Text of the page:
Another charter school is coming to St. Petersburg.
Plato Academy, which runs a series of high-performing charters throughout Pinellas, received approval from the Pinellas School Board on Tuesday to open a seventh school in the district.
Plato Academy East St. Petersburg, a K-8 school, likely will be located near the intersection of Interstate 275 and Gandy Boulevard, said Dot Clark, the Pinellas administrator who oversees charter applications.
Although approved for a five-year contract, Plato will use 2014-15 as a planning year and start classes in August 2015.
"We take things one step at a time, and we've been successful because we do our due diligence," said Nick Koularmanis, chief academic and student support services officer for Plato Academy Schools.
Plato opened its first St. Petersburg location last school year for kindergarten, first-grade and second-grade students. It also has schools in Clearwater, Largo, Palm Harbor, Tarpon Springs and Seminole.
Once mostly a north county phenomenon, charter schools have been cropping up in recent years south of Ulmerton Road, closer to Pinellas' most struggling traditional schools.
Last year, University Preparatory Academy opened to more than 400 students in the Midtown area of St. Petersburg. There's also MYcro School, Alfred Adler School, St. Petersburg Collegiate High and Windsor Preparatory Academy, all with different approaches to education.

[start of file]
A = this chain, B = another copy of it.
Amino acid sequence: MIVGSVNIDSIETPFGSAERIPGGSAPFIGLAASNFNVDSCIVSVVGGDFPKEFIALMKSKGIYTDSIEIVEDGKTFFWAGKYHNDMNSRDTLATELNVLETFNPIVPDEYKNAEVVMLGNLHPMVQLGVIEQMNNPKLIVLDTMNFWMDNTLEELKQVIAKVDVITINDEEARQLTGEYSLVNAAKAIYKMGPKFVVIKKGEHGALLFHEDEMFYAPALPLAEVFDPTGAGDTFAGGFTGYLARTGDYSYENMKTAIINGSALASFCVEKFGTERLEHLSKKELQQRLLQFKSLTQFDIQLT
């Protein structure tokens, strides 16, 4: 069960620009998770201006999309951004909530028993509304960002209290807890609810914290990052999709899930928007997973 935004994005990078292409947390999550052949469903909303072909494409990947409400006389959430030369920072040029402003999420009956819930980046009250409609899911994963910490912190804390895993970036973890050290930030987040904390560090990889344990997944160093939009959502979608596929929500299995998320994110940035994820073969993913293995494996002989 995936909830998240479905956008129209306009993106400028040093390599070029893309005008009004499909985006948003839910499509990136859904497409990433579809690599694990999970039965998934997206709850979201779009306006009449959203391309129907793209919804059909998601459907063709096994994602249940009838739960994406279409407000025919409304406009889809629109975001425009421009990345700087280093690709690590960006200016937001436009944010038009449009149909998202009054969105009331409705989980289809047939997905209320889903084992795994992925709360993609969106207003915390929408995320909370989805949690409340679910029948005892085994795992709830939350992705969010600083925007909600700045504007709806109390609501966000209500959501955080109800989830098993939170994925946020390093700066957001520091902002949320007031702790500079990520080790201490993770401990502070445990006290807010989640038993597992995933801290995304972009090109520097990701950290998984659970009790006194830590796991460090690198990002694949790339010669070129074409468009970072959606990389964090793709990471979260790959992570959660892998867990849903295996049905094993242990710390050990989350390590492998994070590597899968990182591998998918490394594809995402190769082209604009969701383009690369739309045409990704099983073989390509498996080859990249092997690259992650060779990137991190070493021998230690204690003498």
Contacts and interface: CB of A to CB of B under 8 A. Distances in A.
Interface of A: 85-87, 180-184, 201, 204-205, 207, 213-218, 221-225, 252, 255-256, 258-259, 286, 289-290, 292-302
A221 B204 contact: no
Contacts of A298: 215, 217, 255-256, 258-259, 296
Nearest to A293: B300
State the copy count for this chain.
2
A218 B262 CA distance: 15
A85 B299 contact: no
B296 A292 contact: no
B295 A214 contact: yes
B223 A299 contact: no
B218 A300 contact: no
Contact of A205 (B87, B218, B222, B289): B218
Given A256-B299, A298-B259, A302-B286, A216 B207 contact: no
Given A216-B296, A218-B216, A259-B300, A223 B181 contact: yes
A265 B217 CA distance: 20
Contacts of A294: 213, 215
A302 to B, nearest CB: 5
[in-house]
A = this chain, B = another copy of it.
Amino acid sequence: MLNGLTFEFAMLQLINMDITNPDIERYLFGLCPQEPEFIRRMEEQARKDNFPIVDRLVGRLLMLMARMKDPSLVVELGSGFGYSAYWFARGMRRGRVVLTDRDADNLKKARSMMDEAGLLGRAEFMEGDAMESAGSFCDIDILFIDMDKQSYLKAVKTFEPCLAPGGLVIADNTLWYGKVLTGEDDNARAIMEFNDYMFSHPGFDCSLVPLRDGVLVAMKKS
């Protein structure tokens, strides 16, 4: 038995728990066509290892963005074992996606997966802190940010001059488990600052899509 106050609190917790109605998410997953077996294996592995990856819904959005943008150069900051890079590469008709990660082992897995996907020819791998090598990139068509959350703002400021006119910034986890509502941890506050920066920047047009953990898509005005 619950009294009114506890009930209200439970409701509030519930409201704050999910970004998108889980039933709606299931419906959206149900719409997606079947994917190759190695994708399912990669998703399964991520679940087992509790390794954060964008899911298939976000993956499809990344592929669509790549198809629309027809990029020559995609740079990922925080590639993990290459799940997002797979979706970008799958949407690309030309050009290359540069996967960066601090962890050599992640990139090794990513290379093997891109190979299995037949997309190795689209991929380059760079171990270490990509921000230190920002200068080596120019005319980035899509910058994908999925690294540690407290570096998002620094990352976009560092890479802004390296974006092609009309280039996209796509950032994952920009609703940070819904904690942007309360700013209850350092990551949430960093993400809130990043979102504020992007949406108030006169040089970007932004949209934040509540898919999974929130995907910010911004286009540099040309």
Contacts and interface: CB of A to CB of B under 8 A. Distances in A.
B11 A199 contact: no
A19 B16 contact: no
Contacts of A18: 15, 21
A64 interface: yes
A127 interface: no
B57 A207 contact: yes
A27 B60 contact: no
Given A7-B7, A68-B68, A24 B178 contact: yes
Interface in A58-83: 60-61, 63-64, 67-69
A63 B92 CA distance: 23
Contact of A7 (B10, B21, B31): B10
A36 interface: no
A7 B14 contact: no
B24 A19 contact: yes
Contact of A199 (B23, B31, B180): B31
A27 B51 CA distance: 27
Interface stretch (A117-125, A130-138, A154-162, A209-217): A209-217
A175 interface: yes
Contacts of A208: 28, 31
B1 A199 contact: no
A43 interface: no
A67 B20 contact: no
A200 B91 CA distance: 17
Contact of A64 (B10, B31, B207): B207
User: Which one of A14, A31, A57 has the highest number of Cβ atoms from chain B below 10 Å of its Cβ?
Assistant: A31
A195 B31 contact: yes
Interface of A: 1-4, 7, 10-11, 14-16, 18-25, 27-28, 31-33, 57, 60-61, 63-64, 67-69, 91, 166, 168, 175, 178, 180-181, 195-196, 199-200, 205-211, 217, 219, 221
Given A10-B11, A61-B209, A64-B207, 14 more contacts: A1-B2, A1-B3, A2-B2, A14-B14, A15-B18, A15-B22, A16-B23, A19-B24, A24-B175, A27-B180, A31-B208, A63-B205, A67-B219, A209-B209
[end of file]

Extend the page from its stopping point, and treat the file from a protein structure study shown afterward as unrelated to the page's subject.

But none has such an extensive track record as Plato, whose schools all received A grades in 2013.
"Our goal is to service wherever there's a need," said Koularmanis of the new location. It's not uncommon for families from the neediest pockets of St. Petersburg to travel 30 minutes or more to attend a north county Plato campus, he said, adding that more than 10,000 students are on wait lists for the small schools.
Much like Pinellas' fundamental schools, Plato schools focus on strict discipline and dress codes, as well as value-driven instruction. Academics emphasize reading, math and Greek as a second language.
The Plato philosophy doesn't vary even when applied in a different community, Koularmanis said. "Every student is the same regardless of where they come from, regardless of background. Models don't change."
The new St. Petersburg school likely will start off as a K-2 or K-3 and build up to a K-8 campus, he said: "Parents need to be aware that there are other options out there."
According to the charter agreement approved Tuesday, the school eventually plans to enroll up to 728 students.